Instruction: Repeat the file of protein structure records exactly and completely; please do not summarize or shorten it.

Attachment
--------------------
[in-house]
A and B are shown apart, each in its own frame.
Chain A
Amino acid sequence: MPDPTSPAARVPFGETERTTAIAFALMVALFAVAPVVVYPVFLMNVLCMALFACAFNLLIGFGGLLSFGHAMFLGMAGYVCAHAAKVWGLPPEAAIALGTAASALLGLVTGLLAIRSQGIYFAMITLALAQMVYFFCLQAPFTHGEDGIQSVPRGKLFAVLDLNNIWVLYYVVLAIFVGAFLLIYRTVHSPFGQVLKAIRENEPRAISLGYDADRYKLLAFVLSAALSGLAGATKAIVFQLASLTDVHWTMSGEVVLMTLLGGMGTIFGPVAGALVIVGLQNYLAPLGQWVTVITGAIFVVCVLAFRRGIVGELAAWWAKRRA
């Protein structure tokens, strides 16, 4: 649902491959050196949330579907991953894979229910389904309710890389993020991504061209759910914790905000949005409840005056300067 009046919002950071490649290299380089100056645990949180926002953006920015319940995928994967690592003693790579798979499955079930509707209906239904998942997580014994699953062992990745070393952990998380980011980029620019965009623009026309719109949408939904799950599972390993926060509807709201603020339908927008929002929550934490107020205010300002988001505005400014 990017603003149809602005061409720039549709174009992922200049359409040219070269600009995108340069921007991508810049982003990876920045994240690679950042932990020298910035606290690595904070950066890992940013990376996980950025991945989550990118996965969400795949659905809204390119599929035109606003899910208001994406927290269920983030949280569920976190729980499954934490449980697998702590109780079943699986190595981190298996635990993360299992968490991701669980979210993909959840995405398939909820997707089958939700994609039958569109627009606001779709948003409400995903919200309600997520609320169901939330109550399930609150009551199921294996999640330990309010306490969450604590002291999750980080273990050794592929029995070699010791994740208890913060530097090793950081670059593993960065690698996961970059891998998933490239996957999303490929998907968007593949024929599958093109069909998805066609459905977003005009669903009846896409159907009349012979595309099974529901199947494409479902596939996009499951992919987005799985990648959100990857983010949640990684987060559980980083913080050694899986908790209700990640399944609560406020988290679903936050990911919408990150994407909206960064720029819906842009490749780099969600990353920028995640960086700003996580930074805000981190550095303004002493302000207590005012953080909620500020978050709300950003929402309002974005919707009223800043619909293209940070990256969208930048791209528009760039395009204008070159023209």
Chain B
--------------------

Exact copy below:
[in-house]
A and B are shown apart, each in its own frame.
Chain A
Amino acid sequence: MPDPTSPAARVPFGETERTTAIAFALMVALFAVAPVVVYPVFLMNVLCMALFACAFNLLIGFGGLLSFGHAMFLGMAGYVCAHAAKVWGLPPEAAIALGTAASALLGLVTGLLAIRSQGIYFAMITLALAQMVYFFCLQAPFTHGEDGIQSVPRGKLFAVLDLNNIWVLYYVVLAIFVGAFLLIYRTVHSPFGQVLKAIRENEPRAISLGYDADRYKLLAFVLSAALSGLAGATKAIVFQLASLTDVHWTMSGEVVLMTLLGGMGTIFGPVAGALVIVGLQNYLAPLGQWVTVITGAIFVVCVLAFRRGIVGELAAWWAKRRA
């Protein structure tokens, strides 16, 4: 649902491959050196949330579907991953894979229910389904309710890389993020991504061209759910914790905000949005409840005056300067 009046919002950071490649290299380089100056645990949180926002953006920015319940995928994967690592003693790579798979499955079930509707209906239904998942997580014994699953062992990745070393952990998380980011980029620019965009623009026309719109949408939904799950599972390993926060509807709201603020339908927008929002929550934490107020205010300002988001505005400014 990017603003149809602005061409720039549709174009992922200049359409040219070269600009995108340069921007991508810049982003990876920045994240690679950042932990020298910035606290690595904070950066890992940013990376996980950025991945989550990118996965969400795949659905809204390119599929035109606003899910208001994406927290269920983030949280569920976190729980499954934490449980697998702590109780079943699986190595981190298996635990993360299992968490991701669980979210993909959840995405398939909820997707089958939700994609039958569109627009606001779709948003409400995903919200309600997520609320169901939330109550399930609150009551199921294996999640330990309010306490969450604590002291999750980080273990050794592929029995070699010791994740208890913060530097090793950081670059593993960065690698996961970059891998998933490239996957999303490929998907968007593949024929599958093109069909998805066609459905977003005009669903009846896409159907009349012979595309099974529901199947494409479902596939996009499951992919987005799985990648959100990857983010949640990684987060559980980083913080050694899986908790209700990640399944609560406020988290679903936050990911919408990150994407909206960064720029819906842009490749780099969600990353920028995640960086700003996580930074805000981190550095303004002493302000207590005012953080909620500020978050709300950003929402309002974005919707009223800043619909293209940070990256969208930048791209528009760039395009204008070159023209």
Chain B